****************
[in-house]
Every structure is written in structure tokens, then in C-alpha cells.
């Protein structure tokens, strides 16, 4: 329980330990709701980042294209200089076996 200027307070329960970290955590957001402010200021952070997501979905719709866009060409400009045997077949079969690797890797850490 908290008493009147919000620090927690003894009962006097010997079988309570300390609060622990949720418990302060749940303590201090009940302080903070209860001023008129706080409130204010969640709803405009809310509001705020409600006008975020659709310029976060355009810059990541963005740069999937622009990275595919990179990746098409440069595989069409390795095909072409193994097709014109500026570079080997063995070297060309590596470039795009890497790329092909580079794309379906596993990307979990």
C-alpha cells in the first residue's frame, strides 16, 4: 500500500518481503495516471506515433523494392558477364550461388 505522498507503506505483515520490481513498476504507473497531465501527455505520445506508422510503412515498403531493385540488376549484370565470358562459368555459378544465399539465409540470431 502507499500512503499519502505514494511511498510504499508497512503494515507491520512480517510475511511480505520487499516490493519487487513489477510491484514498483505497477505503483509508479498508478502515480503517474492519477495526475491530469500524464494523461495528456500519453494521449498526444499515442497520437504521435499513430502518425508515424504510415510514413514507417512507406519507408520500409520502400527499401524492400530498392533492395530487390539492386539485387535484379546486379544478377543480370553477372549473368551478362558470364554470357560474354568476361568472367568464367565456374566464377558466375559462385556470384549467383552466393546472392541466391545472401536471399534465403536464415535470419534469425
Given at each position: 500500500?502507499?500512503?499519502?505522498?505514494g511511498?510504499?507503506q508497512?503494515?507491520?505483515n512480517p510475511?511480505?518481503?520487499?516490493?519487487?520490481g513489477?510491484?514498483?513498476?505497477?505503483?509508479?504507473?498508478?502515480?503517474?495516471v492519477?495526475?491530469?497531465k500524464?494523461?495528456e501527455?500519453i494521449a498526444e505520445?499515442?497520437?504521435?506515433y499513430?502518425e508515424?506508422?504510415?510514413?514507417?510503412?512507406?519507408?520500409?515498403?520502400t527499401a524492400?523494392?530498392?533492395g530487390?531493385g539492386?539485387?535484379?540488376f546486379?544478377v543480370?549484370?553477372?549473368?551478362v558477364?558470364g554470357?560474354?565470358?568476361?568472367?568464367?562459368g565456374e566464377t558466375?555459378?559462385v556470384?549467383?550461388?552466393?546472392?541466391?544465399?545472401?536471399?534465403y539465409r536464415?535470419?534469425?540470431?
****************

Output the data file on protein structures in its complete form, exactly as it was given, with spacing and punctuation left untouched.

[in-house]
Every structure is written in structure tokens, then in C-alpha cells.
């Protein structure tokens, strides 16, 4: 329980330990709701980042294209200089076996 200027307070329960970290955590957001402010200021952070997501979905719709866009060409400009045997077949079969690797890797850490 908290008493009147919000620090927690003894009962006097010997079988309570300390609060622990949720418990302060749940303590201090009940302080903070209860001023008129706080409130204010969640709803405009809310509001705020409600006008975020659709310029976060355009810059990541963005740069999937622009990275595919990179990746098409440069595989069409390795095909072409193994097709014109500026570079080997063995070297060309590596470039795009890497790329092909580079794309379906596993990307979990």
C-alpha cells in the first residue's frame, strides 16, 4: 500500500518481503495516471506515433523494392558477364550461388 505522498507503506505483515520490481513498476504507473497531465501527455505520445506508422510503412515498403531493385540488376549484370565470358562459368555459378544465399539465409540470431 502507499500512503499519502505514494511511498510504499508497512503494515507491520512480517510475511511480505520487499516490493519487487513489477510491484514498483505497477505503483509508479498508478502515480503517474492519477495526475491530469500524464494523461495528456500519453494521449498526444499515442497520437504521435499513430502518425508515424504510415510514413514507417512507406519507408520500409520502400527499401524492400530498392533492395530487390539492386539485387535484379546486379544478377543480370553477372549473368551478362558470364554470357560474354568476361568472367568464367565456374566464377558466375559462385556470384549467383552466393546472392541466391545472401536471399534465403536464415535470419534469425
Given at each position: 500500500?502507499?500512503?499519502?505522498?505514494g511511498?510504499?507503506q508497512?503494515?507491520?505483515n512480517p510475511?511480505?518481503?520487499?516490493?519487487?520490481g513489477?510491484?514498483?513498476?505497477?505503483?509508479?504507473?498508478?502515480?503517474?495516471v492519477?495526475?491530469?497531465k500524464?494523461?495528456e501527455?500519453i494521449a498526444e505520445?499515442?497520437?504521435?506515433y499513430?502518425e508515424?506508422?504510415?510514413?514507417?510503412?512507406?519507408?520500409?515498403?520502400t527499401a524492400?523494392?530498392?533492395g530487390?531493385g539492386?539485387?535484379?540488376f546486379?544478377v543480370?549484370?553477372?549473368?551478362v558477364?558470364g554470357?560474354?565470358?568476361?568472367?568464367?562459368g565456374e566464377t558466375?555459378?559462385v556470384?549467383?550461388?552466393?546472392?541466391?544465399?545472401?536471399?534465403y539465409r536464415?535470419?534469425?540470431?